A good book but I would like to see an updated version come out soon. A good read for anyone starting out.
Excellent source of information Oct. 17 2012
By Jesse G. Lands - Published on Amazon.com
Format: Paperback Verified Purchase
iPhone and iOS Forensics is the first iOS forensics book I have read. So at this point I have nothing to compare it to. That being said I have already picked up a number of forensic books to read and contrast it with, but none of the currently available books is as up to date as this one.
The book is roughly three hundred pages without the index and ten pages of that are the Appendix A through C. Unlike other books the appendixes are extremely useful. Many times they are a collection of garbage to add pages, but these are quick reference pages for backup locations, useful tools for forensic investigation of iOS, and the system file structure of an iPhone. Which version the structure references I'm not sure, but most likely whatever was the latest at time of writing.
Of the content there were seven total chapters. I found all the chapters extremely helpful with the exception of the largest chapter. Chapter seven was a review of commercial tools available for forensic analysis of an iOS device. While this chapter was somewhat helpful it was a lot of repetitive data that I am not going to apply to use in most day to day forensic analysis cases.
While chapters one through four had very little in the way of forensics they were actually the most useful chapters in my opinion. The first chapter focused the basics of iphone, models, hardware etc.. and then went into the theory of mobile forensics and how to apply it to the rest of the book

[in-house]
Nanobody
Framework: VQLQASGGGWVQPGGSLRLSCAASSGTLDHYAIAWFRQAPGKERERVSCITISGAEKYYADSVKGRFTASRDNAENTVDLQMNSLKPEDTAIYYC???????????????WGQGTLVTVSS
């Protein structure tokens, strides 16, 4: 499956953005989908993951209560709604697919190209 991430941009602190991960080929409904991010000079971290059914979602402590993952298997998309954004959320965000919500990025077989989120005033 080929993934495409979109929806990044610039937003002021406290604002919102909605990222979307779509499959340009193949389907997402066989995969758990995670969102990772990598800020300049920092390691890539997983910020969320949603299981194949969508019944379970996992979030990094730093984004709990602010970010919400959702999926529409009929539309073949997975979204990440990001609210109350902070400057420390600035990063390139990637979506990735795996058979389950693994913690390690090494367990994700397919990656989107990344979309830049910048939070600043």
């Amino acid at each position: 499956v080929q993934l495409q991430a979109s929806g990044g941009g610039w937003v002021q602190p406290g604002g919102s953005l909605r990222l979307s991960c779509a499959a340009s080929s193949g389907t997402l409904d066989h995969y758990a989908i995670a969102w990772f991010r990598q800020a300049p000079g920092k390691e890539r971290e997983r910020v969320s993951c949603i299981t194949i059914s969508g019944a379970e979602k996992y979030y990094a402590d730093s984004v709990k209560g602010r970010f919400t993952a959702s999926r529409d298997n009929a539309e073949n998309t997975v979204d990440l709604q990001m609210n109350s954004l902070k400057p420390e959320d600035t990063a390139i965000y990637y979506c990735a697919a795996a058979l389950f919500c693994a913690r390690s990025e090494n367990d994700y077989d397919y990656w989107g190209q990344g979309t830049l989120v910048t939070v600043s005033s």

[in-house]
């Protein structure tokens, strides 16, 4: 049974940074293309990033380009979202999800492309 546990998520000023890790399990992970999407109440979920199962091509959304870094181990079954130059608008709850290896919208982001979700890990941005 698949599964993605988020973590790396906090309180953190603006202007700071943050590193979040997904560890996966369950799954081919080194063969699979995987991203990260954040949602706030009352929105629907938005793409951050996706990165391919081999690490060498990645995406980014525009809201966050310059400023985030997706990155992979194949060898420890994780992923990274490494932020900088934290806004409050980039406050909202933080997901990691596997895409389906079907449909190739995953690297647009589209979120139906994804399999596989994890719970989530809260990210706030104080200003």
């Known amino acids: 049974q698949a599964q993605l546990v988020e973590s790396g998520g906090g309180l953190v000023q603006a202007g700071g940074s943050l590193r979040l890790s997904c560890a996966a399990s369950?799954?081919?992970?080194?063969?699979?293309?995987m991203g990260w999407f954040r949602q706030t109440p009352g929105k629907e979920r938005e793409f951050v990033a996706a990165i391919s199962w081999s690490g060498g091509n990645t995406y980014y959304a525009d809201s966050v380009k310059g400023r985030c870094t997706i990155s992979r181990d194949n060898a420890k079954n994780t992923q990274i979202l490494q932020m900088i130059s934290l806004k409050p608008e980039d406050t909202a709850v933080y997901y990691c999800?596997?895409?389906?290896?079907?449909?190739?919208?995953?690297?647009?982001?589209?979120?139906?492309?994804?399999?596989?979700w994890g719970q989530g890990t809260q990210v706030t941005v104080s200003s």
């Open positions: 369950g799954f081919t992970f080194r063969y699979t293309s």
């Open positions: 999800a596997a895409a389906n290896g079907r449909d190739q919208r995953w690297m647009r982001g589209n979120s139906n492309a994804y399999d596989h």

Chapter two covered all the basic information that a forensic examiner may or may not already know and how these basic steps that many examiners might take for granted would apply to a potential investigation.
Chapter three covered the basic filesystem and structure of the iOS operating system. While it was basically a *nix based system this chapter goes over the basic differences in them.
Chapter four goes over the basic security that Apple has built into the iOS device. Covering the differences in the pin on the device and applying a password into a backup that is acquired through iTunes.
Chapter five cover acquiring and image of forensic data off of the device. My only disappointment was the lack of a real opensource option other than jailbreaking. While this is not a fault of the book a reader should not expect a "cheap" option other than jailbreaking. It does cover using a backup, but this does not give you access to the system files. So if you only need user data you should feel comfortable with this portion. If however you are required to examine the device for malicious software jailbreaking will be the only option that does not require payment and NDA.
Chapter six covers actually examining and analyzing the data that had been received in the previous chapter.
While overall this book is excellent as a source for forensic analysis of an iOS device there is very little to compare it to. Not taking anything away from this book, it is by far an excellent source of information and if you ever believe you may have to examine an Apple device I would recommend you have a copy of this book on your shelf.
0 of 23 people found the following review helpful
This was a gift Feb. 13 2013
By The Professor - Published on Amazon.com
Format: Paperback Verified Purchase
No clue what to say..bought this as a gift. I didn't even open it, Computer Forensics is not my thing.